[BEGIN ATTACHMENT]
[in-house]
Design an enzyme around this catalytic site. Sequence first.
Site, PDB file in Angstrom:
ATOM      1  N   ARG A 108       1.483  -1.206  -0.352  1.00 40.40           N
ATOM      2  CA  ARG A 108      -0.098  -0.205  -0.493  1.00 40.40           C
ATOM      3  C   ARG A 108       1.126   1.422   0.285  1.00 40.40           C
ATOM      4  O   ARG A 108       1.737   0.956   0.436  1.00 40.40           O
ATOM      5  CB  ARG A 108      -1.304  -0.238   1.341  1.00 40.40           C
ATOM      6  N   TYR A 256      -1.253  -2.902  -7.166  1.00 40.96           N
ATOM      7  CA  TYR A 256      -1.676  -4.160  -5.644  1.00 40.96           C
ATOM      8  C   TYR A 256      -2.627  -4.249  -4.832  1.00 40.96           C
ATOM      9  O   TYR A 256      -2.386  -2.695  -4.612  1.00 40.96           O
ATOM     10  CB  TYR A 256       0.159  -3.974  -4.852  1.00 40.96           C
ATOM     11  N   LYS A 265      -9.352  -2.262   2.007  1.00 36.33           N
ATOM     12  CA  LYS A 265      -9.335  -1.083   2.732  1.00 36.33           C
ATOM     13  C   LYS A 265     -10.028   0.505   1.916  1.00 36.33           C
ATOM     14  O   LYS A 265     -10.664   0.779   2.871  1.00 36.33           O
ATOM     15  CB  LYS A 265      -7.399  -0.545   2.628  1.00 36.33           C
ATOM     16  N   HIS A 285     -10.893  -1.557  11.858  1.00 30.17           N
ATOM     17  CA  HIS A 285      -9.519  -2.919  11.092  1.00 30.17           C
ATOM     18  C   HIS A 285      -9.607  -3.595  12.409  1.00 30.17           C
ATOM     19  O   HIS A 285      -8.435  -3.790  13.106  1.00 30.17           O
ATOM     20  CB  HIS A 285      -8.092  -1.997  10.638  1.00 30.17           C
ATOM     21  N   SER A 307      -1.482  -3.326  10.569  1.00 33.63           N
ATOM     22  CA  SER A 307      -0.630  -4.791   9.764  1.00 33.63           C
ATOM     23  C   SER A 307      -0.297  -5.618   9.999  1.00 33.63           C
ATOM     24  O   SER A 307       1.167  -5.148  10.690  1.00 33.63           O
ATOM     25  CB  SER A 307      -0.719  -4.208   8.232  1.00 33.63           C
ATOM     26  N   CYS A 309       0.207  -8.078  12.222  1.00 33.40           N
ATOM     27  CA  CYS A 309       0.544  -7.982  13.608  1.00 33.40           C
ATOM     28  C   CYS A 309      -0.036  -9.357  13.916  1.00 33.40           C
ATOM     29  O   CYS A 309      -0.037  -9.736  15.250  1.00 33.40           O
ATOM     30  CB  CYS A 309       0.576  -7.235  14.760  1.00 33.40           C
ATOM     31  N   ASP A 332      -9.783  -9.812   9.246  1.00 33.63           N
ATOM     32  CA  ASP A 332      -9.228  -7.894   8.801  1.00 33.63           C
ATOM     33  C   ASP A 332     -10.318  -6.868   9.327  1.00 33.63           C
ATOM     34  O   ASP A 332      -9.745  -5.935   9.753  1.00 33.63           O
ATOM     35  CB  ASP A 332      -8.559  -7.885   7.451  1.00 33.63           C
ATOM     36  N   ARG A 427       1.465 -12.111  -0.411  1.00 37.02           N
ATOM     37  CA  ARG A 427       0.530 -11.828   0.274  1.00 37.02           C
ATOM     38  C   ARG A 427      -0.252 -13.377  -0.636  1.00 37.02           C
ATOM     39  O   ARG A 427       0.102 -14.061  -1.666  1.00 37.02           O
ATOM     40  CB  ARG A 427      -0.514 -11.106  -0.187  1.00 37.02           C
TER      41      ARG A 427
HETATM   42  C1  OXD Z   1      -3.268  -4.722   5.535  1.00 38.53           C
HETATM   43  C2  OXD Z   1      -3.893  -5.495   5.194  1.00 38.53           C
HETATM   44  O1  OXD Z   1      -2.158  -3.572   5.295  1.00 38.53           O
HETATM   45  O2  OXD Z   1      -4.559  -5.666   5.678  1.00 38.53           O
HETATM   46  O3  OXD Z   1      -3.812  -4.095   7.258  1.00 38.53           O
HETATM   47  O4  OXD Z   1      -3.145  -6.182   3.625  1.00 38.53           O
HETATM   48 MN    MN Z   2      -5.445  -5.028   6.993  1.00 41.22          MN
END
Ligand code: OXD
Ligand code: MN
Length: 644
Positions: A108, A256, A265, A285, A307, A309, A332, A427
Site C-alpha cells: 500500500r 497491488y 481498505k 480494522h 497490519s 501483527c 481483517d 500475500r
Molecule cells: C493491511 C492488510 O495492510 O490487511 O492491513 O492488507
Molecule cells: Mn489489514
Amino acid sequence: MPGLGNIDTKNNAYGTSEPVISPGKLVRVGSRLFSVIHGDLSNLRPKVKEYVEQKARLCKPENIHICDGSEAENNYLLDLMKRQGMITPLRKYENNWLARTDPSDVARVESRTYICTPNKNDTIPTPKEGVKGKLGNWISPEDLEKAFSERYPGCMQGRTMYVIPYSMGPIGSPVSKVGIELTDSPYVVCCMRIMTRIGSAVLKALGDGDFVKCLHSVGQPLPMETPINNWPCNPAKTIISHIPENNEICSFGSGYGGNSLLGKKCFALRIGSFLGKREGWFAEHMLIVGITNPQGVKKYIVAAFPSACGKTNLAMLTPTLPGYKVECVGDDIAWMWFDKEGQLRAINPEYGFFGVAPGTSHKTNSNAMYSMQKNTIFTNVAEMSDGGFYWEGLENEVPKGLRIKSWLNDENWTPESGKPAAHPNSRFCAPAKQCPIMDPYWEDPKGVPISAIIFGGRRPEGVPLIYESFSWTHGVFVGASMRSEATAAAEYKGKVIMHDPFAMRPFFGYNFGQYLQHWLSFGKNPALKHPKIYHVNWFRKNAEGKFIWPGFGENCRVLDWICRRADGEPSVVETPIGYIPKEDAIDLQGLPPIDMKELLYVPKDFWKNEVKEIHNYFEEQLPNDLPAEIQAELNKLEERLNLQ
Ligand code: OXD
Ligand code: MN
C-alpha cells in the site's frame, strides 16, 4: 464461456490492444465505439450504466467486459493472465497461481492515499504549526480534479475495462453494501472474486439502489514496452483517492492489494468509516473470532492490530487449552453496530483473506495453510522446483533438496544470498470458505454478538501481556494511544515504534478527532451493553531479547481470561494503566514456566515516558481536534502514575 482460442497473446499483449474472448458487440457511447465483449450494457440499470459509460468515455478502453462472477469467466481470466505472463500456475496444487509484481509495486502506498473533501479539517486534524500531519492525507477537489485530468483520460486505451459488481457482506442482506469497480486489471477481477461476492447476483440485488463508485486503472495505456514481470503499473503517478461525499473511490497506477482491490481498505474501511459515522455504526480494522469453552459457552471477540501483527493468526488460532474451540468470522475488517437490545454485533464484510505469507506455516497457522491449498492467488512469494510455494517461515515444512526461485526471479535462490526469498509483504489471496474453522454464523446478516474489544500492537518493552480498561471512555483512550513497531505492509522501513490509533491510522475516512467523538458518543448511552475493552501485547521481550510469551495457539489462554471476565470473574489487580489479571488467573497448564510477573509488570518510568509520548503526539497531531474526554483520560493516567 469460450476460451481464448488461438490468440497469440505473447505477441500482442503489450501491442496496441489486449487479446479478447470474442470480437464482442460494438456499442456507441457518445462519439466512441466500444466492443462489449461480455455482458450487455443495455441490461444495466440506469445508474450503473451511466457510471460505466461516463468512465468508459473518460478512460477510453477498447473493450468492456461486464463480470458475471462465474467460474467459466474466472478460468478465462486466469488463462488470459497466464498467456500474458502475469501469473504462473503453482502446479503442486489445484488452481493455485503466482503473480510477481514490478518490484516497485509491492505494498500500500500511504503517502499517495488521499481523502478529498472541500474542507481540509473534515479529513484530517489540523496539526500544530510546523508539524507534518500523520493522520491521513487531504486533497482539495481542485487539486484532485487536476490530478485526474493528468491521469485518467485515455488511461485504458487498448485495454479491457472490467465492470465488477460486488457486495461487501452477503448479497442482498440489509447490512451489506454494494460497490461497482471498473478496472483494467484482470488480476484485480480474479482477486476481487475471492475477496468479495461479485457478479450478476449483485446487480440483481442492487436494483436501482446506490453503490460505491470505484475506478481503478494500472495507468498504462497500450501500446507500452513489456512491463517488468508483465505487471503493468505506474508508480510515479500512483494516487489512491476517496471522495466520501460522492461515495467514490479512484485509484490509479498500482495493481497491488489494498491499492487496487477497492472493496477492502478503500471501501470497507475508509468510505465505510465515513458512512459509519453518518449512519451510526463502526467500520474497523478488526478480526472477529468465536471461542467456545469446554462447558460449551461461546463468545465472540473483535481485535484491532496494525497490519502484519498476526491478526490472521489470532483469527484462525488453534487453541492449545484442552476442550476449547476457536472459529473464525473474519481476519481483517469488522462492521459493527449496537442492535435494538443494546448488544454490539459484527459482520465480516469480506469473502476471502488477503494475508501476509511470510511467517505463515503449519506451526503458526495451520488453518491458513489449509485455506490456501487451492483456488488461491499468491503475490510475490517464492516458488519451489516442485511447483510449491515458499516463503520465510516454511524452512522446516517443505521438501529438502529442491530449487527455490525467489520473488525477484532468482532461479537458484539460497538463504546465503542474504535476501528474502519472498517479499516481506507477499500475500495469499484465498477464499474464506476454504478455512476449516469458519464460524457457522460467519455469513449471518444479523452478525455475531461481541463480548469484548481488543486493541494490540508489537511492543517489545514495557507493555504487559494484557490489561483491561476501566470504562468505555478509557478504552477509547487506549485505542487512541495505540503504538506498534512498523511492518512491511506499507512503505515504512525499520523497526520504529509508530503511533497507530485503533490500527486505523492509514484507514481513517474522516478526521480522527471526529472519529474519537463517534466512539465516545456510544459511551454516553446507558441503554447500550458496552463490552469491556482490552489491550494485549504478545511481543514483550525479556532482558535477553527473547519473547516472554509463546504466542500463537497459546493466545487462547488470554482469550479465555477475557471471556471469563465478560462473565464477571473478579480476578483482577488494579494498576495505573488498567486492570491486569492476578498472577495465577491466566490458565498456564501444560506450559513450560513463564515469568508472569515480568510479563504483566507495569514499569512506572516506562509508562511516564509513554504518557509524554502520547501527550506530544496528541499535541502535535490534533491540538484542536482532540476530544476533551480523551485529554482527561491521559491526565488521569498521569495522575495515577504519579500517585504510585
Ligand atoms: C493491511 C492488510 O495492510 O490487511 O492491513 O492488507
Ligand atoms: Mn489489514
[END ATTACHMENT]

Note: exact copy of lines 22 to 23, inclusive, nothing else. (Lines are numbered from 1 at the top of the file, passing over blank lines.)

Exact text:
ATOM     19  O   HIS A 285      -8.435  -3.790  13.106  1.00 30.17           O
ATOM     20  CB  HIS A 285      -8.092  -1.997  10.638  1.00 30.17           C